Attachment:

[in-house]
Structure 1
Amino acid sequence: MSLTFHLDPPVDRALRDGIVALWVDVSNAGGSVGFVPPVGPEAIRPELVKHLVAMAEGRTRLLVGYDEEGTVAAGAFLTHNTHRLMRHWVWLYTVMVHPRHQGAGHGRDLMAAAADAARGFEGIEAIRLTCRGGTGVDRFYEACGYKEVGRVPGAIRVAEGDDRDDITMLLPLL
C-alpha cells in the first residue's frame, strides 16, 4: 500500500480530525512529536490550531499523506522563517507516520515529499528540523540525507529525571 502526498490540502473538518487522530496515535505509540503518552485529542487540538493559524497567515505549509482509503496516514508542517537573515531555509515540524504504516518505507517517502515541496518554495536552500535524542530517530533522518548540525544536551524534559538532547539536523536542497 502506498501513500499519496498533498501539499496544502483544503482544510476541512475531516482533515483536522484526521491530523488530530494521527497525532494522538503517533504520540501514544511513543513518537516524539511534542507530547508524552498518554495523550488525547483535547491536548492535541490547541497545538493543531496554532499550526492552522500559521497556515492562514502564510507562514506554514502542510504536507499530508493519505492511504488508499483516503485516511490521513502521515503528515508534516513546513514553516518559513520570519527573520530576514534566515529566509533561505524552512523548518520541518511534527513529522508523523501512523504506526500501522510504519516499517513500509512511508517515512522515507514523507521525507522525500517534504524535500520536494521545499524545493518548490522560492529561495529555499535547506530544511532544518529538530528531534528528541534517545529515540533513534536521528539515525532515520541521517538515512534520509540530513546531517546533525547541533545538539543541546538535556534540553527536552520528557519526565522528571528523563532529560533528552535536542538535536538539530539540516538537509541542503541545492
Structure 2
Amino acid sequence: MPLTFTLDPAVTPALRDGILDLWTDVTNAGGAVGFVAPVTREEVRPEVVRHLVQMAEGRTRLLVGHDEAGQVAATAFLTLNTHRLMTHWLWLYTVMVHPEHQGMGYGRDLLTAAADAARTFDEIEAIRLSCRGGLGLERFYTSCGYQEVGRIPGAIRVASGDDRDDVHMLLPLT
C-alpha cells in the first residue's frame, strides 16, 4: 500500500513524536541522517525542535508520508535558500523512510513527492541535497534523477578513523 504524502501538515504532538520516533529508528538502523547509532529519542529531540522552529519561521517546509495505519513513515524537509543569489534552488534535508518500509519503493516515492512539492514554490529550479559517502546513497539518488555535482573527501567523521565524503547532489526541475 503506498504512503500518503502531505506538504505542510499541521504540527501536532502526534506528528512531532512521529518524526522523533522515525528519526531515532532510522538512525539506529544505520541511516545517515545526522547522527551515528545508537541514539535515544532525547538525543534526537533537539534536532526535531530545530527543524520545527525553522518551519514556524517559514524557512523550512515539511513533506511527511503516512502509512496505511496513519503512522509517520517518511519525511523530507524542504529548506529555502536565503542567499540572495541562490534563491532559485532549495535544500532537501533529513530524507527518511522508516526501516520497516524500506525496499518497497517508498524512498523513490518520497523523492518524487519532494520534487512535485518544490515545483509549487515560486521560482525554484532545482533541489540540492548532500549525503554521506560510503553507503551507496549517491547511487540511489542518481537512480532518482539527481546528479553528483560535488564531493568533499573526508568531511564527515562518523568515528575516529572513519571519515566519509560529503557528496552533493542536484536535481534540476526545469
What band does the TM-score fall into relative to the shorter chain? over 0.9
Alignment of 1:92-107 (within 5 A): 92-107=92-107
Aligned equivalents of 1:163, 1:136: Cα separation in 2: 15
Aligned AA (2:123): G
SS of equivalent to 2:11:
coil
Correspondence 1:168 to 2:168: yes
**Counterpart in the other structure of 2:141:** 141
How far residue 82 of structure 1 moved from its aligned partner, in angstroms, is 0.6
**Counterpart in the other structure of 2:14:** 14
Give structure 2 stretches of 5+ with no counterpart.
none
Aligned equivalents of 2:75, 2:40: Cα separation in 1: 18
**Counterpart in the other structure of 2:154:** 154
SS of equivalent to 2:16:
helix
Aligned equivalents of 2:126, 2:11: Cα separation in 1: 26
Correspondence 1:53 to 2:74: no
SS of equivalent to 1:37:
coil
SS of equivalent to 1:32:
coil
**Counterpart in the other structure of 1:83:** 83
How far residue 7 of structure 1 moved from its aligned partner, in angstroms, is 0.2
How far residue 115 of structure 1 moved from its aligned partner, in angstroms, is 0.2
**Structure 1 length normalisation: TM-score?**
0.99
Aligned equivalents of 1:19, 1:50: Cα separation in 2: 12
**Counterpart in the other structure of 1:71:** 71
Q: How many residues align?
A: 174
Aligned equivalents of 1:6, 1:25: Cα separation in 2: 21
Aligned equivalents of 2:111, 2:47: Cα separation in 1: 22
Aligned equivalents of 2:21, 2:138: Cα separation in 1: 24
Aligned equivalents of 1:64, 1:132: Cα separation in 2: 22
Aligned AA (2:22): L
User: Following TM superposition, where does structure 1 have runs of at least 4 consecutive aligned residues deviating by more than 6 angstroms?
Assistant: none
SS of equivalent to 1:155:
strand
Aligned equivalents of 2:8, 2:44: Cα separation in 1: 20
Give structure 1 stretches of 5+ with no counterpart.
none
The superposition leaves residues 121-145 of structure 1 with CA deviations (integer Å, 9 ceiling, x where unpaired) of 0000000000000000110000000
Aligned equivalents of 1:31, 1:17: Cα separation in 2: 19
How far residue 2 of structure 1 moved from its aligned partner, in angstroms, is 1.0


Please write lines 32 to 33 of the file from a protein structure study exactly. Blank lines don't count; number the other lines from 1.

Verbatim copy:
How far residue 115 of structure 1 moved from its aligned partner, in angstroms, is 0.2
**Structure 1 length normalisation: TM-score?**